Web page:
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Working with a contract where we tell the contractor we need a set number of employees at a set location for a number of hours- Temporary help services. 

Customer requests that travel be reimbursed per the JTR. My question. How would you evaluate this when it came time to evaluate price? A contractor using local employees vs having to transport them seems to have an unfair advantage. The  performance work statement does specify how many nights and meals but leaves miles open.

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15 hours ago, nkd9 said:

A contractor using local employees vs having to transport them seems to have an unfair advantage

What is unfair about it?  Not every advantage is unfair.

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Did the offeror submit an offer in a competitive environment for the FFP work, and in addition proposed mileage reimbursement on top of the FFP?  Or are you still in the pre-solicitation, market research phase?

Unless there is something special, I'm with Retreadfed in not seeing anything unfair.  My office used to require short-term work in Alaska.  Of course, the Seattle and Portland companies had an advantage over the Oklahoma and Florida companies.  If all else is equal, the Seattle or Portland company will win fair and square, and the Government will benefit from that.  For the Government to pay extra to let the Oklahoma company win would be absurd -- if the Oklahoma company wants to win, it will need to sharpen its pencil and make a better offering (price and/or quality).  By the way, the Oklahoma company will have an advantage over the Seattle company for work in Texas.  It al works out.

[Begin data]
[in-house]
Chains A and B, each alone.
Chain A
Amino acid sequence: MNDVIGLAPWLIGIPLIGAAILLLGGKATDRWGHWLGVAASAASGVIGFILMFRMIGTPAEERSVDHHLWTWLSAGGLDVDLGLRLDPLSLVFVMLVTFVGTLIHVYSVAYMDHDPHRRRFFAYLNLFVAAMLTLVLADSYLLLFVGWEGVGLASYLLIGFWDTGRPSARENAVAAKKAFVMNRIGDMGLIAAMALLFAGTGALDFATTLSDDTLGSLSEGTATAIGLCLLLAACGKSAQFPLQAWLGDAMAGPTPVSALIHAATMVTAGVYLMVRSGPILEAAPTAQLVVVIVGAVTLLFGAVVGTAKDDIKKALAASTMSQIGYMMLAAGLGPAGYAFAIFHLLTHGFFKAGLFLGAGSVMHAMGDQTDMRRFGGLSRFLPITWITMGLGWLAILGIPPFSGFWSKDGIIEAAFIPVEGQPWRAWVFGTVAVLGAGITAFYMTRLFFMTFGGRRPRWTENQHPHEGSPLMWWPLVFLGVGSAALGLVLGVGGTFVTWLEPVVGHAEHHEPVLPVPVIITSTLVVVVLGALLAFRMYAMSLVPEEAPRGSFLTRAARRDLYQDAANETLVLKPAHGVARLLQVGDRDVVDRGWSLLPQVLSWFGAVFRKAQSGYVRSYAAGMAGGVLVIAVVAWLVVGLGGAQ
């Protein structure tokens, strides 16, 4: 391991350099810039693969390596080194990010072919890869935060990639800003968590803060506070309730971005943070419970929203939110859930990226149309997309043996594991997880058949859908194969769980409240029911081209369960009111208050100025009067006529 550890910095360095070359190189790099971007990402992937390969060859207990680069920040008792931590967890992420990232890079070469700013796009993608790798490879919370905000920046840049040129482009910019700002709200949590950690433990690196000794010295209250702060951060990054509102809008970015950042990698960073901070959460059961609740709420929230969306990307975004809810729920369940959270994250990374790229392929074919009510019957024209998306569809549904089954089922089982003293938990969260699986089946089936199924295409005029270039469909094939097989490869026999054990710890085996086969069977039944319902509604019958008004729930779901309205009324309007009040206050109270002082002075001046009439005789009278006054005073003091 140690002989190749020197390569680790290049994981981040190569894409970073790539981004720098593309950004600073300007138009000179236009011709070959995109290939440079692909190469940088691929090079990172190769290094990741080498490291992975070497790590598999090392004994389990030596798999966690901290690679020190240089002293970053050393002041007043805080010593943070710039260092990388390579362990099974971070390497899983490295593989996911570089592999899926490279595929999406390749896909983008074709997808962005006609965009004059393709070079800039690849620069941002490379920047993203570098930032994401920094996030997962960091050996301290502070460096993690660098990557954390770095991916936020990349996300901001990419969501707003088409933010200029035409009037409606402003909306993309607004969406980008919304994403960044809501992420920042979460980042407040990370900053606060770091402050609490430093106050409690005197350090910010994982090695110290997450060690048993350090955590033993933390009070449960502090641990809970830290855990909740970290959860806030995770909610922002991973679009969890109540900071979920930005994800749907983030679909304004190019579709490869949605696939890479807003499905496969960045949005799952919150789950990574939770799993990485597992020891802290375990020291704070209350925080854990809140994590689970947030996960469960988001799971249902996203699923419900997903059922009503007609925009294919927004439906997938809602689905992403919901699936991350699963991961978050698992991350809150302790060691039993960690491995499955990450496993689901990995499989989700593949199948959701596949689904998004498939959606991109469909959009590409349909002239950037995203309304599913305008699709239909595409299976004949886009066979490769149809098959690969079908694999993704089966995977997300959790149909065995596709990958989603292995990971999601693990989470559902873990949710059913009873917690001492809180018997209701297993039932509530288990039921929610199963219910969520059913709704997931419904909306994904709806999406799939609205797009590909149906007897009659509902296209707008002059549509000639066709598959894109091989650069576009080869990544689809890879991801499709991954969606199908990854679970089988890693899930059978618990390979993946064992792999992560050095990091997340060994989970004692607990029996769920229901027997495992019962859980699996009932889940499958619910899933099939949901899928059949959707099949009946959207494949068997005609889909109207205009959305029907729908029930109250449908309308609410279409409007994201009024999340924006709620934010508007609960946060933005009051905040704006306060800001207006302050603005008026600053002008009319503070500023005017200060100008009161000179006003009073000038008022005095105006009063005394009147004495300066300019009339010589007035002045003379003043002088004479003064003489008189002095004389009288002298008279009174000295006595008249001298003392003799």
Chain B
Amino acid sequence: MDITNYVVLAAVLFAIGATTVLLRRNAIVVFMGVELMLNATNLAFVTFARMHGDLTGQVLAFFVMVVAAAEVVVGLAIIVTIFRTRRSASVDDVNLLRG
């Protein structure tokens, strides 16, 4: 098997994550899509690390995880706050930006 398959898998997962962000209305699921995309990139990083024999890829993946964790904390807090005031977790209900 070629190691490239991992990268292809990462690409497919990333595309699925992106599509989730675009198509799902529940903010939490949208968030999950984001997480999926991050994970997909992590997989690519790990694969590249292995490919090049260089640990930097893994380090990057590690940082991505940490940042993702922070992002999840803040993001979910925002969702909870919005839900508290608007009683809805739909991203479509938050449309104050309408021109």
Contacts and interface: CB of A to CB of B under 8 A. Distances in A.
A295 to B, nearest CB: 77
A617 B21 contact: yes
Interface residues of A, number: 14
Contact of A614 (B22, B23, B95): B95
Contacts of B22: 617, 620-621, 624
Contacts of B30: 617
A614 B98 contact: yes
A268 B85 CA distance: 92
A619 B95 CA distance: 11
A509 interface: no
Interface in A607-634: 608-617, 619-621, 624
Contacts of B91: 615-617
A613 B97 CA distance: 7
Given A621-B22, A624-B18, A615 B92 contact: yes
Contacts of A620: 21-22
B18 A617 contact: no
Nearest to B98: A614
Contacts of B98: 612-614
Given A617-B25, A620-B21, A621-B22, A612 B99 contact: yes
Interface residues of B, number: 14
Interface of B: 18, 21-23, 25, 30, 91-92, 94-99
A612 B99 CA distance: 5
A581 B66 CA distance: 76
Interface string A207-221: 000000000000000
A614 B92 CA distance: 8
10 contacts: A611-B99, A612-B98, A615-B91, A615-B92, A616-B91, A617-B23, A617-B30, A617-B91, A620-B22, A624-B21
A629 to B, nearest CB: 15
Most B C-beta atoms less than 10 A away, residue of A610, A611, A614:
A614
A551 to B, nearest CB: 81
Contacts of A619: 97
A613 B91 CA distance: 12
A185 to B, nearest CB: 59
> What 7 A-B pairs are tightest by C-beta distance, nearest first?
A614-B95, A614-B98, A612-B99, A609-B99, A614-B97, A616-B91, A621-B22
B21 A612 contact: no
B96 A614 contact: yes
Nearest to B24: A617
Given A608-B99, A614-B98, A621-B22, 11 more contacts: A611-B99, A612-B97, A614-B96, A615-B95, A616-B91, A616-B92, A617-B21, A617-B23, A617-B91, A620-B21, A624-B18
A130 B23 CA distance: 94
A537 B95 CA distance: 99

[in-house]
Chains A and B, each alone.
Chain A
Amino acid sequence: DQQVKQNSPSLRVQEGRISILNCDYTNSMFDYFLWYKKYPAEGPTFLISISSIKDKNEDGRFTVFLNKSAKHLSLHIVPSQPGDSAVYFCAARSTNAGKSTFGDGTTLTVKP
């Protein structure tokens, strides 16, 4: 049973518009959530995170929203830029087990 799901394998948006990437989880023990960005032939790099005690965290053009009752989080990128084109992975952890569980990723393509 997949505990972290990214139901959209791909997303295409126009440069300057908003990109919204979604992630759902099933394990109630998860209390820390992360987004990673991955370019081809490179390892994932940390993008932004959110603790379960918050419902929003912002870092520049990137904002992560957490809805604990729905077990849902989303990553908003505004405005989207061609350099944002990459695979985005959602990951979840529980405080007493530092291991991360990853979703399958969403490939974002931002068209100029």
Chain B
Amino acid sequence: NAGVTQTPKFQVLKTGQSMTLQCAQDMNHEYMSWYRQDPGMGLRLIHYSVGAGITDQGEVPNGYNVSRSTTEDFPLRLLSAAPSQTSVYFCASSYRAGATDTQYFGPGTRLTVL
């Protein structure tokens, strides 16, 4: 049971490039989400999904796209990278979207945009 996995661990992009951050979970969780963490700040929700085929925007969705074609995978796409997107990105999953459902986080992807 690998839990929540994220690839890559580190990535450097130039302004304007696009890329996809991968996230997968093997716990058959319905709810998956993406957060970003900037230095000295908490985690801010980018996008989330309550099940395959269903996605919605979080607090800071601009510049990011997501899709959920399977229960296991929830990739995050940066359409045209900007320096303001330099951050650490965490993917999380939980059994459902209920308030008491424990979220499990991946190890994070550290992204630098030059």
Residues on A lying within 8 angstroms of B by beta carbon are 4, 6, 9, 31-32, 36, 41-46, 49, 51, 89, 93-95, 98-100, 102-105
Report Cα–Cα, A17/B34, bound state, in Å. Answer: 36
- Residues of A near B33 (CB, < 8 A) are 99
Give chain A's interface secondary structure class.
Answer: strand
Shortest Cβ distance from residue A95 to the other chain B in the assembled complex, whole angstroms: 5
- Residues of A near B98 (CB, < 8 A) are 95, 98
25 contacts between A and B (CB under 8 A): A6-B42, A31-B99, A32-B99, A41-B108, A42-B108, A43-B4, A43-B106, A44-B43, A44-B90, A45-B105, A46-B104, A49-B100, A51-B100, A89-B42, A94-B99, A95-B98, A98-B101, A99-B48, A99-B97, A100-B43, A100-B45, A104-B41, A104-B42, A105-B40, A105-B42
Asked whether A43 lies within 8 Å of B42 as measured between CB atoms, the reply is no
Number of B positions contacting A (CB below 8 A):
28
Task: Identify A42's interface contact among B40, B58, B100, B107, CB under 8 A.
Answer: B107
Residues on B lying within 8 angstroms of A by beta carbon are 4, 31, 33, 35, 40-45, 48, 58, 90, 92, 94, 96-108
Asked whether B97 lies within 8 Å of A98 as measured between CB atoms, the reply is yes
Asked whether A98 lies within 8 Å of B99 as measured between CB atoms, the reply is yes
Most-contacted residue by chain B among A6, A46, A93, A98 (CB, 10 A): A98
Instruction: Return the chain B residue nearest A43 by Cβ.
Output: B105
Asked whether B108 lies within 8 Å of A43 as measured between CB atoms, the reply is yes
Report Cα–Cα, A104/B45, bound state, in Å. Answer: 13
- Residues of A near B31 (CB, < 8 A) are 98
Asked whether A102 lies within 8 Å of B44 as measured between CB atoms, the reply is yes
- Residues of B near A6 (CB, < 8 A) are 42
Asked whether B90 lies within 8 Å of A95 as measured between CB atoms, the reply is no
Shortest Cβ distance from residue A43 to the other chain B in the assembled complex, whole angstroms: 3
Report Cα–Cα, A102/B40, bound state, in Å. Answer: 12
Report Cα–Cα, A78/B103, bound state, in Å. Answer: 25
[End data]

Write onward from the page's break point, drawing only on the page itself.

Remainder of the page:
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23 hours ago, nkd9 said:

Customer requests that travel be reimbursed per the JTR. My question. How would you evaluate this when it came time to evaluate price?

If the travel is going to be reimbursed per JTR, is the travel CLIN a reimbursement CLIN?

Remember, a firm-fixed-price contract provides for a price that is not subject to any adjustment on the basis of the contractor’s cost experience in performing the contract.

You may want to read FAR 31.102 and 31.205-46; and consider the thoughts in this previous post:

 

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Travel should not be reimbursable in the scenario contemplated in this thread.

The location is known.  The number of overnights is known.  The number of meals is known.  These are all part of the Government’s requirement.

Make the whole thing FFP, and let offerors bid their prices to meet the Government’s requirement.